Poland will appeal the European Union's decision to ban flavoured tobacco products as it believes that it will be unfairly punished for being one of the largest producers of menthol cigarettes.

A legislation passed by the EU in October 2013 will see an EU-wide prohibition on flavoured cigarettes and tougher packaging regulations when it is implemented in 2016.

Tobacco representatives have reacted angrily to the ban, saying it was unfair on consumers and producers alike.

"Menthol cigarettes were introduced to Poland in 1953 and Polish smokers have developed a unique taste for them," Magdalena Wlodarczyk, a leading tobacco representative, told Reuters.

"There is no reason why they should get hit so hard over this."

Poland is the EU's second-largest producer of tobacco-related products, which generates over 60,000 jobs in the country.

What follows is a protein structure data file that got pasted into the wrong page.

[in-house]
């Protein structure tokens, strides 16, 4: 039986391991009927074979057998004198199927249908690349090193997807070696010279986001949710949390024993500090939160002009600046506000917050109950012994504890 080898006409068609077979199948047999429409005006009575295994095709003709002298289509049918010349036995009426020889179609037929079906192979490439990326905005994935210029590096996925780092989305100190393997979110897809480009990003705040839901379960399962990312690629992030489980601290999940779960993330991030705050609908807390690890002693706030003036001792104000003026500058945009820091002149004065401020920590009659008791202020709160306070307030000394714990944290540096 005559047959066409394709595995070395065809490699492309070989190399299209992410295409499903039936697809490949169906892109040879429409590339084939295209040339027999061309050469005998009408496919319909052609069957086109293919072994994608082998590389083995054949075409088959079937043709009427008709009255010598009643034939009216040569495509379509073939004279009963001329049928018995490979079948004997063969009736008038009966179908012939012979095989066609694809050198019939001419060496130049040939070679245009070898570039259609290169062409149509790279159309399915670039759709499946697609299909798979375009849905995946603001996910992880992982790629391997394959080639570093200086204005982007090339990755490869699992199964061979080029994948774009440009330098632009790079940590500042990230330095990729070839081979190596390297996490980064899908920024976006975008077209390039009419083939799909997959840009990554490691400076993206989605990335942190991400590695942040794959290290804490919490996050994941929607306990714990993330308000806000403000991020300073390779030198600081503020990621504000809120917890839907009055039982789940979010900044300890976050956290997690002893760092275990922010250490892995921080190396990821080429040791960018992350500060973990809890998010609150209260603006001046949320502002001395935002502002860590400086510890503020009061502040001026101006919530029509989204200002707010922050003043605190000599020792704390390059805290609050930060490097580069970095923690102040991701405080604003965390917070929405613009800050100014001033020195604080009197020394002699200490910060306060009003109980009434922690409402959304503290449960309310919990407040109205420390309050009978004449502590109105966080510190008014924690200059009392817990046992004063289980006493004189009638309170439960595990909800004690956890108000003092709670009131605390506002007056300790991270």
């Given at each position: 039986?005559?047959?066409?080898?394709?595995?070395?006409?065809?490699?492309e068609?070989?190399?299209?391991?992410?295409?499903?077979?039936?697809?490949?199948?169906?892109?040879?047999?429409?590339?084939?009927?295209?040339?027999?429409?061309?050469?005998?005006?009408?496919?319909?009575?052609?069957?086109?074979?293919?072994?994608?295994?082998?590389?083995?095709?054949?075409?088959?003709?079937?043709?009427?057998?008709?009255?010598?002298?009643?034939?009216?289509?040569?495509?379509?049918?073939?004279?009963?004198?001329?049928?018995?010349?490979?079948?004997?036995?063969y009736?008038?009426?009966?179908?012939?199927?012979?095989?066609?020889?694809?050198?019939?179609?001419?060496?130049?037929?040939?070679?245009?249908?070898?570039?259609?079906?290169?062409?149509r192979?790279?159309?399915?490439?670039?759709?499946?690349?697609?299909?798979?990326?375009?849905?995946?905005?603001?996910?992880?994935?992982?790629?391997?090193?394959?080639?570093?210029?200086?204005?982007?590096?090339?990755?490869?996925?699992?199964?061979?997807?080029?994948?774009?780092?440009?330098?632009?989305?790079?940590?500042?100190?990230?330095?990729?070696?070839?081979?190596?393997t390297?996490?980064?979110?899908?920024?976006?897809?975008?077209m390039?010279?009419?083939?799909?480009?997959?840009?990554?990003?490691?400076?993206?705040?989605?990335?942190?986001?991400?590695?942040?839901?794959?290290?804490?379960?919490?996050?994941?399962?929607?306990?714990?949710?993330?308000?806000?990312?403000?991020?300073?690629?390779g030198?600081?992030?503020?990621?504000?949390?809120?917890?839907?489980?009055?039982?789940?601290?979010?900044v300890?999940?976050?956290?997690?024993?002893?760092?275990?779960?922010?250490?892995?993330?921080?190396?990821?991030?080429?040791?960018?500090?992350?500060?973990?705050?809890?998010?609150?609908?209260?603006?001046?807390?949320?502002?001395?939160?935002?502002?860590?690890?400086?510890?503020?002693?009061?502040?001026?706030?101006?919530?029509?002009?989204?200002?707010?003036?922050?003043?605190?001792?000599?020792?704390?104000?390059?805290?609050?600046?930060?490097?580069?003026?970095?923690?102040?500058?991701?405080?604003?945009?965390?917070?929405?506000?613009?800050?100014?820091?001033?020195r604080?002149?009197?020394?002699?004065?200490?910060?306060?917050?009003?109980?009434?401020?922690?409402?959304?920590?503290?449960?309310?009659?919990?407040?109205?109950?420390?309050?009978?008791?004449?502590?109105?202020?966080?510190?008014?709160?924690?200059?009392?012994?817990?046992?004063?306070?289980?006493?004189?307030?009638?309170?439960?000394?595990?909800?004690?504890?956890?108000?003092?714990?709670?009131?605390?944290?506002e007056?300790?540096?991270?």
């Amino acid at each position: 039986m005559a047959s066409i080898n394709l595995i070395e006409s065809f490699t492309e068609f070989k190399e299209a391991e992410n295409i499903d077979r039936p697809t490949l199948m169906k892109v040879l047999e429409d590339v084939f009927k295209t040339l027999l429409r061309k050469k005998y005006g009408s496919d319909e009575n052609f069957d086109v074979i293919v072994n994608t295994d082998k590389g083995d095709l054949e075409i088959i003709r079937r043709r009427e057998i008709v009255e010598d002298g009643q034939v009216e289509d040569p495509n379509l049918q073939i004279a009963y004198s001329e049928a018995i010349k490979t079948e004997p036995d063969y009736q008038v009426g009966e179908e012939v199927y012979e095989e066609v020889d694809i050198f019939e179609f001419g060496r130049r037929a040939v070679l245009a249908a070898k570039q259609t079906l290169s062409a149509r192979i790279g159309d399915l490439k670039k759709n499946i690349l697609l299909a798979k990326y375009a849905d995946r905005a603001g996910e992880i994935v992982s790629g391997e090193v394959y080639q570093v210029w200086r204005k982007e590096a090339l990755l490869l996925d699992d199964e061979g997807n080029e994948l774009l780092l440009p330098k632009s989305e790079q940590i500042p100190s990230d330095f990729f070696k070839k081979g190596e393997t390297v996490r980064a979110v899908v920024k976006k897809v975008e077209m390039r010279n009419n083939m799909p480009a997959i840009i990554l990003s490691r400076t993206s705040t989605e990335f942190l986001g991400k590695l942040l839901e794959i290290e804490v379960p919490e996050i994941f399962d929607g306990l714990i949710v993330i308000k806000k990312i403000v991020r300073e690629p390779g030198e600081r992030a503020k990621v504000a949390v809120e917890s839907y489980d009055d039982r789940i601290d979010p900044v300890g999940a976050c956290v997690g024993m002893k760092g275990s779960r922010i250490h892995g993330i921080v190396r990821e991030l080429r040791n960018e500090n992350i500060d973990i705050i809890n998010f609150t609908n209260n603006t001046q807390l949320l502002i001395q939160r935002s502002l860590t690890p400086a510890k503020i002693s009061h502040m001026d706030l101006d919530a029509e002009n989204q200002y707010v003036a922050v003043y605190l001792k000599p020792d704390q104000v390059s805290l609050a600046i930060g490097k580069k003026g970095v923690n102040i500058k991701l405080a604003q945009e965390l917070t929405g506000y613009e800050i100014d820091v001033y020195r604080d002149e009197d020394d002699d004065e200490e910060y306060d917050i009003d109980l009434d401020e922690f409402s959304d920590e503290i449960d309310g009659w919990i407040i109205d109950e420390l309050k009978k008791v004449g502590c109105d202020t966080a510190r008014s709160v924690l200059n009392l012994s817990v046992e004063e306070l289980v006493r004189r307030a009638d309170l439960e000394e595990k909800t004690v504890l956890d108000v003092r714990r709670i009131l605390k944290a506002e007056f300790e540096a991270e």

The tobacco used for making menthol cigarettes, Burley, accounts for almost 40% of Poland's production, according to Lech Ostrowski, head of the National Union of Tobacco Farmers, and a report commissioned by Poland's National Association of the Tobacco Industry estimates that the ban will put 30,000 people out of jobs.

The same report also states that the Eastern European country will lose up to $3bn per annum in revenue as menthol smokers will turn to smuggled cigarettes from Ukraine and Belarus.

"By ensuring that tobacco products look and taste like tobacco products, the new rules will help to reduce the number of people who start smoking in the EU," was the European Health Commissioner Tonio Borg's riposte to Poland's anger.

Poland's agriculture minister Marek Sawicki said that "the war for tobacco was already lost".